Asteroids are minor planets that usually sit in the inner solar system, orbiting the sun. There are millions of them flying around space and their
Asteroids are minor planets that usually sit in the inner solar system, orbiting the sun. There are millions of them flying around space and their collisions – known as impact events – have played a significant role in shaping many planets. These space rocks contain a number of vital raw materials including iron, platinum, nickel and aluminium, as well as traces of water.
Carolin Crawford, a UK astrophysicist based at the University of Cambridge has come up with a futuristic plan for the space agency.
She revealed during a Radio 4 “In Our Time” broadcast on asteroids how they could be used as “petrol stations” while building an infrastructure among the stars.
She said in 2005: “It is a very interesting possibility when you look at our mineral resources on Earth, they haven’t run out yet, but give them a couple of centuries and they will be in short supply.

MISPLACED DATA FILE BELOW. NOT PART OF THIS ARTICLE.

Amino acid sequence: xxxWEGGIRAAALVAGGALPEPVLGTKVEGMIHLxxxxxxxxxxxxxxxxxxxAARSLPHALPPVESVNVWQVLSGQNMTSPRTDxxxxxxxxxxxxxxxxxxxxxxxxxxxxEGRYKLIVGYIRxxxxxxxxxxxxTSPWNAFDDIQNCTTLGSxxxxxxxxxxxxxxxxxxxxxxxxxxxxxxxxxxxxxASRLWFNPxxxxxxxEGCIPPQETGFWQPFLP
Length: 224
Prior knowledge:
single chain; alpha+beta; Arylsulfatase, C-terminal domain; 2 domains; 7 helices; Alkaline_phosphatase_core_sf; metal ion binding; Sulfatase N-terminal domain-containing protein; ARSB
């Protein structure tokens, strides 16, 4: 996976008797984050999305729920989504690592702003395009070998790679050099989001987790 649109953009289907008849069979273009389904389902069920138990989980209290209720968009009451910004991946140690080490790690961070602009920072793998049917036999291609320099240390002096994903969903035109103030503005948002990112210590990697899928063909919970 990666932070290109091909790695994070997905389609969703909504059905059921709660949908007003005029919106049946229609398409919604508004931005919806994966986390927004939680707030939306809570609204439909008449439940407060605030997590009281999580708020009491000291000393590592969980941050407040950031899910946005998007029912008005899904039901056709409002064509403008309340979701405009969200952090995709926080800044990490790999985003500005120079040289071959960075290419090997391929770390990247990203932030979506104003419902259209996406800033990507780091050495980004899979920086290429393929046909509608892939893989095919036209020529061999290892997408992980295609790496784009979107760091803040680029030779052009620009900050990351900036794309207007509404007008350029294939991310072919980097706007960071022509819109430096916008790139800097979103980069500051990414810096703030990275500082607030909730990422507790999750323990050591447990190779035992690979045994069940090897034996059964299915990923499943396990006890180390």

“You could set up a mining camp on one of these asteroids and get billions of tonnes of high-grade metal and there is also water to sustain the camp.
“Or we could tow an asteroid to orbit around Earth as a little petrol station for future missions.”
Ms Crawford even took the idea one step further, detailing how the theory could help the exploration of space.
She added: “So it is a supply of mineral resources and we are going to need these if we want to colonise the solar system.
“If we are building large space structures and need lots of rocket fuel, it does not make sense to launch it up to space.
Ms Crawford, now 56, continued: “Why not just use what is already up there? It’s easily extracted from small objects that don’t have a lot of gravity.
“These asteroids are not just iron and nickel but they also have platinum – which we use as a catalyst converter.
“All these elements are in the core of the Earth where we cannot get to.
“It is easier to develop a system to go to the asteroid, than penetrating to the great depths of the Earth’s core.”